The Big Reason 'A Christmas Story' Is Relatable to Everyone
It's not Christmas without A Christmas Story. Since springing out of radio humorist Jean Shepherd's memoirs, the old yuletide tale has survived several reiterations and remained a holiday season staple. Most popular, of course, is Bob Clark's version, which you'll be able to watch over and over and over again on TBS, starting at 8pm this Christmas Eve.
"The staying power of A Christmas Story is surreal," Patty Johnson LaFountaine, the actress who played Higbee’s Head Elf, toldOhio Magazine in 2013. "Today, child for child in every school where I teach, they, their parents, and grandparents know the movie. The fan base just keeps growing." What makes the 1983 film so immortal?
The comedy's longevity, oddly enough, has lots to do with Clark, the famous B-movie director behind Porky's and Black Christmas, and his love for period pieces. He pulled from Shepherd's stories of growing up in suburban Indiana with care and leaned into the nostalgia of the '30s and '40s to capture a precise snapshot of Depression Americana -- a pivotal yet fleeting era, one that would come to be respected as much as it was feared. "Bob passed me an early version of the script to A Christmas Story," production designer Reuben Freed recalled for Ohio. "I thought it was the best thing I'd ever seen. I always believed Bob could be another Mark Twain, that he could be the storyteller for America."
Though the movie wouldn't kill in theaters -- it was the 39th highest grossing movie of its year, according to Box Office Mojo -- it would hit HBO, get a Betamax release, and, propelled by its second-round audience, gain cult status. "There are many small but perfect moments in A Christmas Story, and one of the best comes after the Lifebouy [soap] is finally removed from Ralphie's mouth and he is sent off to bed. His mother studies the bar, thinks for a moment, and then sticks it in her own mouth, just to see what it tastes like. Moments like that are why some people watch A Christmas Story every holiday season," Roger Ebert wrote in 2000, when re-evaluating the movie. "There is a real knowledge of human nature beneath the comedy."
Clark's movie has long boasted a reputation as a cheerful yuk-fest. Here at Thrillist, we like to think it also works as evocative horror. It comes colored with the kind of highly specific details and scenarios that are at once strangely unique yet easily relatable. "Few kid-centric comedies understand the very real terror of being a kid," note our critics -- especially during Christmastime. "The pole-licking, the trip to see Santa at the mall, and the eye-shooting-out finale all have a slightly grotesque, Norman Rockwell-meets-David Cronenberg edge to them."
Even props like the "leg lamp," a Shepherd invention that made our list of the top 100 movie props of all time, continue to loom large and occupy a weird corner of pop culture. ("Bob told me he wanted The Old Man to be in the window with the lamp, and that it needed to be big enough to be seen from across the street," Freed's said. "So, it had to be the size of a human limb. I got a mannequin leg and asked costume designer Mary McLeod for input. She brought me a single pump, and I added fishnet stockings because that’s what a bad girl would wear. For the lampshade, I drew on an image from a comic book that had a '40s look to it. That was the easy part. The difficulty was creating something that would break on command, that we could have more than one of, that could be electrified and stand by itself.") In short, there's lots to like about Clark's movie and lots that's stood the test of time. The pic became so popular it would go on to spawn a pair of sequels, a series of TV movies, a stage adaptation, a Broadway musical, and, most recently, a live TV musical, which aired earlier this month on Fox.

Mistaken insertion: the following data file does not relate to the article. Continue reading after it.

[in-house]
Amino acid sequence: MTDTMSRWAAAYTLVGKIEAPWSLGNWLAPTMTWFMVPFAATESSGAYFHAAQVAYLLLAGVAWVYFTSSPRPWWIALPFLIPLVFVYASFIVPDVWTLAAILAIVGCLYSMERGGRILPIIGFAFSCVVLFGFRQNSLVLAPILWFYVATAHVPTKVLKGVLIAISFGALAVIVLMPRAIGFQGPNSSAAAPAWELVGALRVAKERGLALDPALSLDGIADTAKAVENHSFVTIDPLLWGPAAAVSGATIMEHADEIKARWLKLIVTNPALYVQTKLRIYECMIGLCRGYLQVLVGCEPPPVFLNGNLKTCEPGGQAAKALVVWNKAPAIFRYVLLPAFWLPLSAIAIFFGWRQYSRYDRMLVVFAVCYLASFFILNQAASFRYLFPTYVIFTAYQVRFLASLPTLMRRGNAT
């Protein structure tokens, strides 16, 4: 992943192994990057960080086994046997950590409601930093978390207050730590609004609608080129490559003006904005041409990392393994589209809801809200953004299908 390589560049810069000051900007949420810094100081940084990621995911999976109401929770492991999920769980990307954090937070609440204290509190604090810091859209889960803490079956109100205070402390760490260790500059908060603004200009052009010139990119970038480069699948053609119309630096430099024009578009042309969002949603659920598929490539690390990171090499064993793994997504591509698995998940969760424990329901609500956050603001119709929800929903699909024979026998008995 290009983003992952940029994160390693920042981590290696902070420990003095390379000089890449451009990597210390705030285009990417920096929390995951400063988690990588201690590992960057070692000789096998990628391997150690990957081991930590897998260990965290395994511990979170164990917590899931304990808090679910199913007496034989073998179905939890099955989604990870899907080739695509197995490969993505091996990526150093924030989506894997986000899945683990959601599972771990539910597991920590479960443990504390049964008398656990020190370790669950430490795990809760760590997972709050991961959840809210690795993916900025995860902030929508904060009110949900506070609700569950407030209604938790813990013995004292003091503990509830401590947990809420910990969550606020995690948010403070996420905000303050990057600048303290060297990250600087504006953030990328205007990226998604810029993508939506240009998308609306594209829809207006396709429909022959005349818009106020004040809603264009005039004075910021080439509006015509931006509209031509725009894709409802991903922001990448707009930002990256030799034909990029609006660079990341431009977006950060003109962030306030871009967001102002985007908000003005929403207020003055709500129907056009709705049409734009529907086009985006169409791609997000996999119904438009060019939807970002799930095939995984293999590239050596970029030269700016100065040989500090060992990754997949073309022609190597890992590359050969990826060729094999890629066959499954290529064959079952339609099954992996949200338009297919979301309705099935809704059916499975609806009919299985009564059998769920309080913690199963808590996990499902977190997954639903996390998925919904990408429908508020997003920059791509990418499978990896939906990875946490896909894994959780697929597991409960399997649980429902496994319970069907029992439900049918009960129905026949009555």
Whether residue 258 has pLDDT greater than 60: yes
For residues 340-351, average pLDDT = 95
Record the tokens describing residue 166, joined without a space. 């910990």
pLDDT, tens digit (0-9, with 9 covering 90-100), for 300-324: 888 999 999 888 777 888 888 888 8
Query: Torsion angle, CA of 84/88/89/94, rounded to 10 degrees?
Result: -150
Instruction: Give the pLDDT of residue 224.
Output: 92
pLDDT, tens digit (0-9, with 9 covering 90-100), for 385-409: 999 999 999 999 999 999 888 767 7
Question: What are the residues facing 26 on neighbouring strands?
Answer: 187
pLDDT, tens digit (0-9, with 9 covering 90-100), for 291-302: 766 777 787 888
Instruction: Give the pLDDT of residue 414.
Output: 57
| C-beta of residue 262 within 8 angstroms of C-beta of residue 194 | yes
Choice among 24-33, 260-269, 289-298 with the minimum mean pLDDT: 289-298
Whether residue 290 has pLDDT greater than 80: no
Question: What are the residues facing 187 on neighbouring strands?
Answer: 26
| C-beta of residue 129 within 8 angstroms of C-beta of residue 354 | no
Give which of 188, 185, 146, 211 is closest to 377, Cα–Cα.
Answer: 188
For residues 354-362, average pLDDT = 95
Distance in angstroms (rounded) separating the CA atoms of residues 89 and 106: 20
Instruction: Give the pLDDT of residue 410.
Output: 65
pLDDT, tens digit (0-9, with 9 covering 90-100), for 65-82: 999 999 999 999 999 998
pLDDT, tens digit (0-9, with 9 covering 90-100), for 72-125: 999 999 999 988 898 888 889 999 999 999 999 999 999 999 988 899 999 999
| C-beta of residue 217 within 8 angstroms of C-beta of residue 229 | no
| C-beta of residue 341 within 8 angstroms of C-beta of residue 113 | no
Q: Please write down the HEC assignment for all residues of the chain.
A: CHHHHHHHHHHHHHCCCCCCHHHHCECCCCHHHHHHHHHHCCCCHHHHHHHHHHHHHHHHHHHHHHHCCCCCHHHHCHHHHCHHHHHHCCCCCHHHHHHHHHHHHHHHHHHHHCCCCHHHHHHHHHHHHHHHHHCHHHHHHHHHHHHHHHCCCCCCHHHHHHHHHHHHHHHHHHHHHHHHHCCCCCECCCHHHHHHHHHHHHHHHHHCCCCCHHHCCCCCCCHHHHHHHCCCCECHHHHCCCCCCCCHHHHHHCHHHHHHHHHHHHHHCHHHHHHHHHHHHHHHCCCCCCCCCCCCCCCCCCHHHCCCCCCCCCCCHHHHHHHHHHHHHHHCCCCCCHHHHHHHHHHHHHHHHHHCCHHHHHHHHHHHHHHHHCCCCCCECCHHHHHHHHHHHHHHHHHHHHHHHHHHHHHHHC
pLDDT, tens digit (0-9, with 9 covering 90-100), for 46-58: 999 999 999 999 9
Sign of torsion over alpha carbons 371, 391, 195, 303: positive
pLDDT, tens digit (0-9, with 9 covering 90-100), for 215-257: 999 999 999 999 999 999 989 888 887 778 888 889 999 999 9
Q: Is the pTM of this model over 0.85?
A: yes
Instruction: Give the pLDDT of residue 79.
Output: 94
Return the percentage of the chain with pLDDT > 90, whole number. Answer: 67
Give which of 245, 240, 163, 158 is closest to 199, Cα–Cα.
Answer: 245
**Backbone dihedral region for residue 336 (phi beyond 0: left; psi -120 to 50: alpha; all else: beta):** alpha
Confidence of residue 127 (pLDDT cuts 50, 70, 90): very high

Despite strong performances by Ana Gasteyer and Jane Krakowski, the Fox production didn't go over well. It became the lowest-rated and least-watched of any live broadcast musical ever. The New York Timessaid it wasn't lively enough. And Vanity Fairwondered if it had signaled the end of the musical format entirely. Much of the ire seemed rooted in betrayal, like somehow an ambitious swing had tainted a classic. Not so. Here, old habits die hard. And for some families, watching the original movie has become inextricably linked with holiday tradition, putting it in league with classics like Home Alone and Miracle on 34th Street, and putting it in contention for title of THE Christmas movie alongside It's a Wonderful Life. "I'm not surprised at all" by the movie's longevity, Freed told Ohio. "The movie has wonderful values and speaks of the common man and the little boy we can all identify with."
As you bundle up with TBS this year, just be careful not to marathon your eyes out.